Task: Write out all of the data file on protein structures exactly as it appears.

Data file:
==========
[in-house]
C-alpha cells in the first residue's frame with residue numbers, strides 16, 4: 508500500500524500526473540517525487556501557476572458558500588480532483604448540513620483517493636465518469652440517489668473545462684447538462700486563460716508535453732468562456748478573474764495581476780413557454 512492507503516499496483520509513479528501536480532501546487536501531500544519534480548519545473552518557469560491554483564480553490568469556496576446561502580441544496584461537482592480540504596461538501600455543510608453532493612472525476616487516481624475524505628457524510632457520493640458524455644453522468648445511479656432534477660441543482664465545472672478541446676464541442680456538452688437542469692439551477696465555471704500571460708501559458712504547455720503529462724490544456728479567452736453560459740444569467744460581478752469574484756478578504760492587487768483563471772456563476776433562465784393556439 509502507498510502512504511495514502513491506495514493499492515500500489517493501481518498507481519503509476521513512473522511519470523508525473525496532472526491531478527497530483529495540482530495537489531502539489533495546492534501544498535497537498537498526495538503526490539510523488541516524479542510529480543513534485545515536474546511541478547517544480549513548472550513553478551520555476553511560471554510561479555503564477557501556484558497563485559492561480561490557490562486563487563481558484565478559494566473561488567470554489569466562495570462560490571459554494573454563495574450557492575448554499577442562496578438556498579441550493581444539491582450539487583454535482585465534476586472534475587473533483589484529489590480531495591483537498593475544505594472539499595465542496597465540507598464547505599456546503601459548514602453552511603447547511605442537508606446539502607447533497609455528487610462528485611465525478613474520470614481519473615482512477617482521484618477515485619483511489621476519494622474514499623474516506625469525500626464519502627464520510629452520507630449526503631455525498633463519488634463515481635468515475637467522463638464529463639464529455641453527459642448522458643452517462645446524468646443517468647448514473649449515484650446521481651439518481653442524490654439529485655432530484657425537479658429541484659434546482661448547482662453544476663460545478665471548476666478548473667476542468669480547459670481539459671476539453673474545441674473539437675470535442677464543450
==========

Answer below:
[in-house]
C-alpha cells in the first residue's frame with residue numbers, strides 16, 4: 508500500500524500526473540517525487556501557476572458558500588480532483604448540513620483517493636465518469652440517489668473545462684447538462700486563460716508535453732468562456748478573474764495581476780413557454 512492507503516499496483520509513479528501536480532501546487536501531500544519534480548519545473552518557469560491554483564480553490568469556496576446561502580441544496584461537482592480540504596461538501600455543510608453532493612472525476616487516481624475524505628457524510632457520493640458524455644453522468648445511479656432534477660441543482664465545472672478541446676464541442680456538452688437542469692439551477696465555471704500571460708501559458712504547455720503529462724490544456728479567452736453560459740444569467744460581478752469574484756478578504760492587487768483563471772456563476776433562465784393556439 509502507498510502512504511495514502513491506495514493499492515500500489517493501481518498507481519503509476521513512473522511519470523508525473525496532472526491531478527497530483529495540482530495537489531502539489533495546492534501544498535497537498537498526495538503526490539510523488541516524479542510529480543513534485545515536474546511541478547517544480549513548472550513553478551520555476553511560471554510561479555503564477557501556484558497563485559492561480561490557490562486563487563481558484565478559494566473561488567470554489569466562495570462560490571459554494573454563495574450557492575448554499577442562496578438556498579441550493581444539491582450539487583454535482585465534476586472534475587473533483589484529489590480531495591483537498593475544505594472539499595465542496597465540507598464547505599456546503601459548514602453552511603447547511605442537508606446539502607447533497609455528487610462528485611465525478613474520470614481519473615482512477617482521484618477515485619483511489621476519494622474514499623474516506625469525500626464519502627464520510629452520507630449526503631455525498633463519488634463515481635468515475637467522463638464529463639464529455641453527459642448522458643452517462645446524468646443517468647448514473649449515484650446521481651439518481653442524490654439529485655432530484657425537479658429541484659434546482661448547482662453544476663460545478665471548476666478548473667476542468669480547459670481539459671476539453673474545441674473539437675470535442677464543450